#RoundupReady #GMCrops #KnowYouFood

Caen, Feb. 21st, 2013 – In a new research published in the high ranked scientific journal Toxicology, Robin Mesnage, Benoît Bernay and Professor Gilles-Eric Séralini, from the University of Caen, France, have proven (from a study of nine Roundup-like herbicides) that the most toxic compound is not glyphosate, which is the substance the most assessed by regulatory authorities, but a compound that is not always listed on the label, called POE-15. Modern methods were applied at the cellular level (on three human cell lines), and mass spectrometry (studies on the nature of molecules). This allowed the researchers to identify and analyse the effects of these compounds.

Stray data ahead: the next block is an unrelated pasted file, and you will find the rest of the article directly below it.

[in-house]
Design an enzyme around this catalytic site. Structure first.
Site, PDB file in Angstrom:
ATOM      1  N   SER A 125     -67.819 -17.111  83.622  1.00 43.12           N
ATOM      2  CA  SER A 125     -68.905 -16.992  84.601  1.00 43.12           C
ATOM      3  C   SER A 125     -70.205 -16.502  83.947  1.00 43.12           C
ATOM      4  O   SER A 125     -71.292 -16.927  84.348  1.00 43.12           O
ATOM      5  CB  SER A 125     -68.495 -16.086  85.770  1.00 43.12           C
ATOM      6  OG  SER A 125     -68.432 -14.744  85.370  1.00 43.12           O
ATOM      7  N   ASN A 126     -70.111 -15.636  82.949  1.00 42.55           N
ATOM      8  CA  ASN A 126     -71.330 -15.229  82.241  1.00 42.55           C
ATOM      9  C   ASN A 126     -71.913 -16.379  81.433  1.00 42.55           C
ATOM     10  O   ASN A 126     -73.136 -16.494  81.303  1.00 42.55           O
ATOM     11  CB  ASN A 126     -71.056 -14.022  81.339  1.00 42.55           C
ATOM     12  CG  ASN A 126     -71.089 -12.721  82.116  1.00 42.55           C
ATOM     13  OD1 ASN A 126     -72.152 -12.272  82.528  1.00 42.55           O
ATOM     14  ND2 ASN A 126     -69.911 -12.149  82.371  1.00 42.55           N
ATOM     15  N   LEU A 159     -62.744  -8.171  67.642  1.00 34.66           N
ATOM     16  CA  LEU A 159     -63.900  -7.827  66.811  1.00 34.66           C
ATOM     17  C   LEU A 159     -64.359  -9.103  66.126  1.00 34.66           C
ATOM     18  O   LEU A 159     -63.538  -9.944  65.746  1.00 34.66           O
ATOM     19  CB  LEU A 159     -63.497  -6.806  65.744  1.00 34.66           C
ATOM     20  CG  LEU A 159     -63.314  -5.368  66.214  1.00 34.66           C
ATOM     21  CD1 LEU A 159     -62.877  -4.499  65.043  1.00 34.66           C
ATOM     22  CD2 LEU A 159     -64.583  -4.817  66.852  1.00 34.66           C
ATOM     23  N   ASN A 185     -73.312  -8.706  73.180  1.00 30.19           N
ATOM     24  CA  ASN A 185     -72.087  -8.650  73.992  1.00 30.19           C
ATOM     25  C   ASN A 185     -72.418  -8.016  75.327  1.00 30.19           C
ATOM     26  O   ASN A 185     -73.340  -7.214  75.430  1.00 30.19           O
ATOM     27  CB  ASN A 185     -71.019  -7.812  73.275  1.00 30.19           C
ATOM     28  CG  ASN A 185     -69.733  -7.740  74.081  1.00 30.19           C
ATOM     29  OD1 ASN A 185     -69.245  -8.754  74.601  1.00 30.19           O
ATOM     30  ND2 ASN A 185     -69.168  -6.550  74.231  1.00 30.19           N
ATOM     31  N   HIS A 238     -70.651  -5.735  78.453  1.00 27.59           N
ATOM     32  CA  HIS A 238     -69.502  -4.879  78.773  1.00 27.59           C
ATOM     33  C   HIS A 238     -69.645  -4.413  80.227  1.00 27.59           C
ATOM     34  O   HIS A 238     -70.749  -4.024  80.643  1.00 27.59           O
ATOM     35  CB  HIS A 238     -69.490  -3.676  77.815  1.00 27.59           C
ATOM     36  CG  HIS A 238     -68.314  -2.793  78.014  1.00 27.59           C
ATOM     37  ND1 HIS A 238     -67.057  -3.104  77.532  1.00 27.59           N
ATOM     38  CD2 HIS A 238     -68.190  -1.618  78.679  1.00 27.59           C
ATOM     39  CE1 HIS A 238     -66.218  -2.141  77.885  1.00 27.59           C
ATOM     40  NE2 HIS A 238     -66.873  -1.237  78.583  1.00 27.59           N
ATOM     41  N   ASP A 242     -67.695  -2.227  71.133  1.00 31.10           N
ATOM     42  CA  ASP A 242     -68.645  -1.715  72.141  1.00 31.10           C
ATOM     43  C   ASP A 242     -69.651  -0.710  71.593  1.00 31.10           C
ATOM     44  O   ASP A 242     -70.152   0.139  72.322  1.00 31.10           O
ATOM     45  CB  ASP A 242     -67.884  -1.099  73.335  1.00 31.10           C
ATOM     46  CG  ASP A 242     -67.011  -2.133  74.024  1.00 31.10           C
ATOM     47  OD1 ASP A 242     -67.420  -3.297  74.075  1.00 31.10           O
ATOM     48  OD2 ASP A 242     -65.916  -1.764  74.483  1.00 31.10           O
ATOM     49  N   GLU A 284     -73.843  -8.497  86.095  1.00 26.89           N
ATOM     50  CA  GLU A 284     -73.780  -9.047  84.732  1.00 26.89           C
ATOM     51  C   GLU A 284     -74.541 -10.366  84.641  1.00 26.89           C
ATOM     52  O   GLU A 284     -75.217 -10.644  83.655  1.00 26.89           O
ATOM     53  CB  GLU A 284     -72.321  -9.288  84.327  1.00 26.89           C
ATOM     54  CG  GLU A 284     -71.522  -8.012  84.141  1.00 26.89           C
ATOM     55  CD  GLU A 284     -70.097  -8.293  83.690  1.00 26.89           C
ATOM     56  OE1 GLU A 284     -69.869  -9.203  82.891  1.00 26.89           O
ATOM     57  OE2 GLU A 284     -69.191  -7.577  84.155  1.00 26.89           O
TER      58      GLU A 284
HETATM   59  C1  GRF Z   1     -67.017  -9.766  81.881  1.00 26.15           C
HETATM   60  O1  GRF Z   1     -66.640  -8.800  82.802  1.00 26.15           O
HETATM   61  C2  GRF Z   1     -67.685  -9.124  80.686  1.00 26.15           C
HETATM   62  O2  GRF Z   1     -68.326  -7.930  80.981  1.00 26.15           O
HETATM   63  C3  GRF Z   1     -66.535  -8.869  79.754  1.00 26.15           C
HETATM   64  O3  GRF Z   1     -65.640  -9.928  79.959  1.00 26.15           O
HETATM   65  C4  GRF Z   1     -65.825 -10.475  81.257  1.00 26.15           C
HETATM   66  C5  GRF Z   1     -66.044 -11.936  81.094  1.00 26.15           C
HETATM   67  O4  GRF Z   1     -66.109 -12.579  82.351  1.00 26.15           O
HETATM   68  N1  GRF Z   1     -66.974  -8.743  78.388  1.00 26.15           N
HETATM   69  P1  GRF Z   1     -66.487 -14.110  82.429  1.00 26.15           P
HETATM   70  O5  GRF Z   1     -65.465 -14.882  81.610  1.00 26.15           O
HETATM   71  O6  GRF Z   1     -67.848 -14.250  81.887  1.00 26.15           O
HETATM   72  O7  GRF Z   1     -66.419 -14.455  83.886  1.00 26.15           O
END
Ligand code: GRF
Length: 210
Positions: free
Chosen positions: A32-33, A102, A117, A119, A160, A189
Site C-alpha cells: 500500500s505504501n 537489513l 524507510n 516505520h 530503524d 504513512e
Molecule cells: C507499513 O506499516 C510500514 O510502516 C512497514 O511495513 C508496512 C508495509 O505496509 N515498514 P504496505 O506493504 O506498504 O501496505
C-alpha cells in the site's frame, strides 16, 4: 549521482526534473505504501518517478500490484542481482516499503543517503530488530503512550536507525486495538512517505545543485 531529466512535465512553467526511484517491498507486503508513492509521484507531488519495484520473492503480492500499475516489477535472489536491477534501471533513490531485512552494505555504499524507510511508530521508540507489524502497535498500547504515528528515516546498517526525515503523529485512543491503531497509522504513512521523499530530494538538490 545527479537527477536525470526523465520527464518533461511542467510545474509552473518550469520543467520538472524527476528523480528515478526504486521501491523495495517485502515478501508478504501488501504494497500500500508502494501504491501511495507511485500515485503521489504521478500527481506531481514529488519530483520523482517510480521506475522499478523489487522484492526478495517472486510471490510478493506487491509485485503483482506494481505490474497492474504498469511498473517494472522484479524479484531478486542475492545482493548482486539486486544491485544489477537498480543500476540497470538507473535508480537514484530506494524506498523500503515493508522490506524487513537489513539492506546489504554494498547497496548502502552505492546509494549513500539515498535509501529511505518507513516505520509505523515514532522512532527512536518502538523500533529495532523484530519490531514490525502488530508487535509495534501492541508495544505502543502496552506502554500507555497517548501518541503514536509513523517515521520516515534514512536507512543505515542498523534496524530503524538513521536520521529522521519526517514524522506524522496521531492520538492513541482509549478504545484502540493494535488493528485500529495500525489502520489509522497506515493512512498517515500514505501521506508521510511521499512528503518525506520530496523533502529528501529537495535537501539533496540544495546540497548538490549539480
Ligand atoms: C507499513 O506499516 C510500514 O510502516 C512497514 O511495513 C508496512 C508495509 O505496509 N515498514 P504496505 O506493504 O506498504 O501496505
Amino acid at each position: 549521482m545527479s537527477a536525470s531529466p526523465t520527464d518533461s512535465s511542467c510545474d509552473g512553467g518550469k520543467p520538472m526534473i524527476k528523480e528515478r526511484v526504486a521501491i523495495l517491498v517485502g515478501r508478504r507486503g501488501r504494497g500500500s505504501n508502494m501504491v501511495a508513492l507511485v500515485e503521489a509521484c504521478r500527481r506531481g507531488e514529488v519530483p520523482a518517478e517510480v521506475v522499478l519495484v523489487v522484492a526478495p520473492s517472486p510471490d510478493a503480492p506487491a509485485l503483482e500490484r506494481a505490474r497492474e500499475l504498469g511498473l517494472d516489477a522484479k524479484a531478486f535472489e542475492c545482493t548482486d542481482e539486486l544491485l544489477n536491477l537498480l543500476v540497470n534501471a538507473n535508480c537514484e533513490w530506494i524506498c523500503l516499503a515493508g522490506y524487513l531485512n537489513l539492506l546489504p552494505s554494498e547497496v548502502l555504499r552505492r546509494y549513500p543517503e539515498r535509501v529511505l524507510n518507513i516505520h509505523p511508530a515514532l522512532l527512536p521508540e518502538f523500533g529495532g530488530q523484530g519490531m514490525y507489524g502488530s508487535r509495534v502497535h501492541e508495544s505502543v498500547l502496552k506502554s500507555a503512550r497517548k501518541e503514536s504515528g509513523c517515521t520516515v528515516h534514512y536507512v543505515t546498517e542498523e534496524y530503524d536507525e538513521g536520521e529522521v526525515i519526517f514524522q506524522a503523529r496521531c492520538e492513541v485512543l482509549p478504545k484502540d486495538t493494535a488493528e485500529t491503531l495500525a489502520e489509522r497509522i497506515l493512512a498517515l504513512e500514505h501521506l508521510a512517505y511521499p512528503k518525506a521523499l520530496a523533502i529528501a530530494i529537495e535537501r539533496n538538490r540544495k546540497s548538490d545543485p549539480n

Context: Glyphosate is supposed to be the “active ingredient” of Roundup, the most widely used herbicide in the world, and it is present in a large group of Roundup-like herbicides. It has been safety tested on mammals for the purposes of regulatory risk assessment. But the commercial formulations of these pesticides as they are sold and used contain added ingredients (adjuvants). These are often classified confidential and described as “inerts”. However, they help to stabilize the chemical compound glyphosate and help it to penetrate plants, in the manner of corrosive detergents. The formulated herbicides (including Roundup) can affect all living cells, especially human cells. This danger is overlooked because glyphosate and Roundup are treated as the same by industry and regulators on long-term studies. The supposed non-toxicity of glyphosate serves as a basis for the commercial release of Roundup. The health and environmental agencies and pesticide companies assess the long-term effects on mammals of glyphosate alone, and not the full formulation. The details of this regulatory assessment are jealously kept confidential by companies like Monsanto and health and environmental agencies.